Use the word "already" when something has finished. This word is also used to express surprise that something has been completed as the person is speaking:

  • Are you already finished with your homework? (This question expresses surprise.)
  • They’ve already eaten their breakfast. (This does not express surprise. It’s just a statement of fact, but it could indicate that breakfast would normally be eaten at a later time.)
  • Miriam told her son to clean his room, but he had already done it. (The past perfect is often used with "already.")
  • By the time we arrived, the movie had already started.
  • I looked at my watch and noticed it was already 5:00. (This expresses a surprise.)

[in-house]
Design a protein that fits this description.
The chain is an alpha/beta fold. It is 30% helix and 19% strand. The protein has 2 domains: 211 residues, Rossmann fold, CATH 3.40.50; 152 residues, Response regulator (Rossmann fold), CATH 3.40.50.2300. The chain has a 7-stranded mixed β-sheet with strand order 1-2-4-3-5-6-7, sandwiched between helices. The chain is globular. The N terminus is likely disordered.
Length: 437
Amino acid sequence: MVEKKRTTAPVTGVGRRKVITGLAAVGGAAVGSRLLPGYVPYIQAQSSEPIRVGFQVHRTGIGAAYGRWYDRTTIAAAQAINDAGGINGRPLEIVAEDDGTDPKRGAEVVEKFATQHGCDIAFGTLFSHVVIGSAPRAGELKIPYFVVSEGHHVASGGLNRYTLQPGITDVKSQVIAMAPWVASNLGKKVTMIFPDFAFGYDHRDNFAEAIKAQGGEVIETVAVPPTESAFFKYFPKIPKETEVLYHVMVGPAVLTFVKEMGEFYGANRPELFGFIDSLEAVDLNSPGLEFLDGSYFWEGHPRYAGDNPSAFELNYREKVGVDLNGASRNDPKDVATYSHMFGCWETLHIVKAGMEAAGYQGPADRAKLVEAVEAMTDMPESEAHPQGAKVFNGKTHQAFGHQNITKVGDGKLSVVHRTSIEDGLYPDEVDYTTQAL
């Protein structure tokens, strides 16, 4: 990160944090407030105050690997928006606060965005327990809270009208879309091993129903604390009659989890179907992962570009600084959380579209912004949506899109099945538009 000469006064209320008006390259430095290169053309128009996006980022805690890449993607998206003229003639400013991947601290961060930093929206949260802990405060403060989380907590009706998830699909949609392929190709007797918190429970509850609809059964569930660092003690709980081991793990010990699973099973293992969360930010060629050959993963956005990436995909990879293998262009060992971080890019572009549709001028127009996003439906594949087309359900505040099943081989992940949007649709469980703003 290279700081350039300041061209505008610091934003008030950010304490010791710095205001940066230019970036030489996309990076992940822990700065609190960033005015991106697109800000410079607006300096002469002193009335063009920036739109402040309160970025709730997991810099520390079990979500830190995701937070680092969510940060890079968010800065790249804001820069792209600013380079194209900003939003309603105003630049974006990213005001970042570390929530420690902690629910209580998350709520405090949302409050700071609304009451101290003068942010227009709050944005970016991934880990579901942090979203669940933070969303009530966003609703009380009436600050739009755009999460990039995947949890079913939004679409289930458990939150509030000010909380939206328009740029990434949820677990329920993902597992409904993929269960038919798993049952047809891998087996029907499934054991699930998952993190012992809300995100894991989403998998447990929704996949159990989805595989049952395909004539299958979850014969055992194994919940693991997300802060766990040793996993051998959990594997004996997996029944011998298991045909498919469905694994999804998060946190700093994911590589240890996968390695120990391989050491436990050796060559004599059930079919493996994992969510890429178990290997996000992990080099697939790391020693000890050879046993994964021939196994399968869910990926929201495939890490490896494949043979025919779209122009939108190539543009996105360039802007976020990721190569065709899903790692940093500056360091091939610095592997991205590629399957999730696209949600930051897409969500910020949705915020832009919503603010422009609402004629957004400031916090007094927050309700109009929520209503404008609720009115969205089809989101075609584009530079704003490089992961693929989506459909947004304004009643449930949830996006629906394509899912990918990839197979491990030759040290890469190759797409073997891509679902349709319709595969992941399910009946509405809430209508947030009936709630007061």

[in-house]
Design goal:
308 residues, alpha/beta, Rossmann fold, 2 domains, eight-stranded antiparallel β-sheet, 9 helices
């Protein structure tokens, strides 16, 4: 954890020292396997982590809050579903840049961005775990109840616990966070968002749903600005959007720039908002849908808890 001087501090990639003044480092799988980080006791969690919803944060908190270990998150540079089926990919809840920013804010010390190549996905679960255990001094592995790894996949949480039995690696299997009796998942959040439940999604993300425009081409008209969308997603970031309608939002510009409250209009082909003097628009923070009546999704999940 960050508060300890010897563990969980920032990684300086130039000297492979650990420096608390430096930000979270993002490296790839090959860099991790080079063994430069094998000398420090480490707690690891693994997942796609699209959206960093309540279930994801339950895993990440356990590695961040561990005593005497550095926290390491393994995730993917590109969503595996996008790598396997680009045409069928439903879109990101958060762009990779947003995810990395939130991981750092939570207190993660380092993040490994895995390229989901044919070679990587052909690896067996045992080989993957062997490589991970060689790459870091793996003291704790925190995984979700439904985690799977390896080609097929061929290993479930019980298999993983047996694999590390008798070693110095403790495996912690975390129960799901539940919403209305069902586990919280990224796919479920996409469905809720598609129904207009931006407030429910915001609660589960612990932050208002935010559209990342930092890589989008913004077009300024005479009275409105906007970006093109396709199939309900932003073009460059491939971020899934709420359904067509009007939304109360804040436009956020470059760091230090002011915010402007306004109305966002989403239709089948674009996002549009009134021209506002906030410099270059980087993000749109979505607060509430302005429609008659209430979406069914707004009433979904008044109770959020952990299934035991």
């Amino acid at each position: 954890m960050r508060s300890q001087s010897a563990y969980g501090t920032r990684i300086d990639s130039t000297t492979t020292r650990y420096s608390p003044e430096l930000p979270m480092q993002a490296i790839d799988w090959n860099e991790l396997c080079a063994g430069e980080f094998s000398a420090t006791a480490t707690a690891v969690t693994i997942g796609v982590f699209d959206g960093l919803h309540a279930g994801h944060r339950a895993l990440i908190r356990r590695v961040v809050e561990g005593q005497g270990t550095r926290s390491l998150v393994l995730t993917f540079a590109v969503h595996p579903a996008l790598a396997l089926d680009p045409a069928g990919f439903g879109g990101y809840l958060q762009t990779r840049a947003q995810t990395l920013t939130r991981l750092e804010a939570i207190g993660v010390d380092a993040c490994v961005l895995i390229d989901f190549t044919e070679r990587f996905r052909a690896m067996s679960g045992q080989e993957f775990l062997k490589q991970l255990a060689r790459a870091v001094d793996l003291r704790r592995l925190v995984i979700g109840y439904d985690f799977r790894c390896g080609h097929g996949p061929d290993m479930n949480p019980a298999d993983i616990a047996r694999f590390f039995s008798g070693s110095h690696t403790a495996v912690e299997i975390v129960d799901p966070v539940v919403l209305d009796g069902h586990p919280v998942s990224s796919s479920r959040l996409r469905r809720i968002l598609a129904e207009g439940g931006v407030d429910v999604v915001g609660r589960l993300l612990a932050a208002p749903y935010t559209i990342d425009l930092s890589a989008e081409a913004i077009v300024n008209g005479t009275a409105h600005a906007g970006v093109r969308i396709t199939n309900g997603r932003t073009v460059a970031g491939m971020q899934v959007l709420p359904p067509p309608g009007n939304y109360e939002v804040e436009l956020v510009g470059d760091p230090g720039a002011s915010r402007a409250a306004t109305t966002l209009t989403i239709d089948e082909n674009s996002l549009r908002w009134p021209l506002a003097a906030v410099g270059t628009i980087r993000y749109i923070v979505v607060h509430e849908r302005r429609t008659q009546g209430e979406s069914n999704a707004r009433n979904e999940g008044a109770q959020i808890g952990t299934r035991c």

• Are you going already? Why don’t you stay longer?

You might also hear the use of "already" when someone is irritated or angry with a person or a situation:

  • All right already! I’ll move my car.
  • Would you stop doing that already?
  • Okay, enough already. Be quiet!

Don’t confuse "already" with "all ready." You can use "all ready" in a way that is similar to "ready" which means to be prepared.

  • The students are all ready to take their test.
  • All of the students are ready to take their test.
  • I’ll be all ready to go as soon as I pack my bags.
  • Dinner is all ready. Are you ready to eat?

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This page was first published on April 4, 2012. It was amended on January 17, 2015.